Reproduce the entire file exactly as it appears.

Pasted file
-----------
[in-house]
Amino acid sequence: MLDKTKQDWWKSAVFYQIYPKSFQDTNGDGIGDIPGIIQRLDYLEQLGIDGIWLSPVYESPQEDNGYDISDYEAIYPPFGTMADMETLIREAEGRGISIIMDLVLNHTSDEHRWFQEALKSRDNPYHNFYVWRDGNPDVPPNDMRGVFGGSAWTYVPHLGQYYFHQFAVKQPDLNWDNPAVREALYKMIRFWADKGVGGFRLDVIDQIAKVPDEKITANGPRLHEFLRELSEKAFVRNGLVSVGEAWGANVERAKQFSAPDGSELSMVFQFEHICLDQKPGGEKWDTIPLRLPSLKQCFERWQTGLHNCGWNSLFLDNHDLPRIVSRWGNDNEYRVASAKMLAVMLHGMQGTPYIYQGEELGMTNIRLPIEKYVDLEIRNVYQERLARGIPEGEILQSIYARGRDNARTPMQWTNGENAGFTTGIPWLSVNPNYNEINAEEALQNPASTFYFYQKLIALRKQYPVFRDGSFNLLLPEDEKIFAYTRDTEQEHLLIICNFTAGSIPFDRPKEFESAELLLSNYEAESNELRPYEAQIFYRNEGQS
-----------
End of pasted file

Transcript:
[in-house]
Amino acid sequence: MLDKTKQDWWKSAVFYQIYPKSFQDTNGDGIGDIPGIIQRLDYLEQLGIDGIWLSPVYESPQEDNGYDISDYEAIYPPFGTMADMETLIREAEGRGISIIMDLVLNHTSDEHRWFQEALKSRDNPYHNFYVWRDGNPDVPPNDMRGVFGGSAWTYVPHLGQYYFHQFAVKQPDLNWDNPAVREALYKMIRFWADKGVGGFRLDVIDQIAKVPDEKITANGPRLHEFLRELSEKAFVRNGLVSVGEAWGANVERAKQFSAPDGSELSMVFQFEHICLDQKPGGEKWDTIPLRLPSLKQCFERWQTGLHNCGWNSLFLDNHDLPRIVSRWGNDNEYRVASAKMLAVMLHGMQGTPYIYQGEELGMTNIRLPIEKYVDLEIRNVYQERLARGIPEGEILQSIYARGRDNARTPMQWTNGENAGFTTGIPWLSVNPNYNEINAEEALQNPASTFYFYQKLIALRKQYPVFRDGSFNLLLPEDEKIFAYTRDTEQEHLLIICNFTAGSIPFDRPKEFESAELLLSNYEAESNELRPYEAQIFYRNEGQS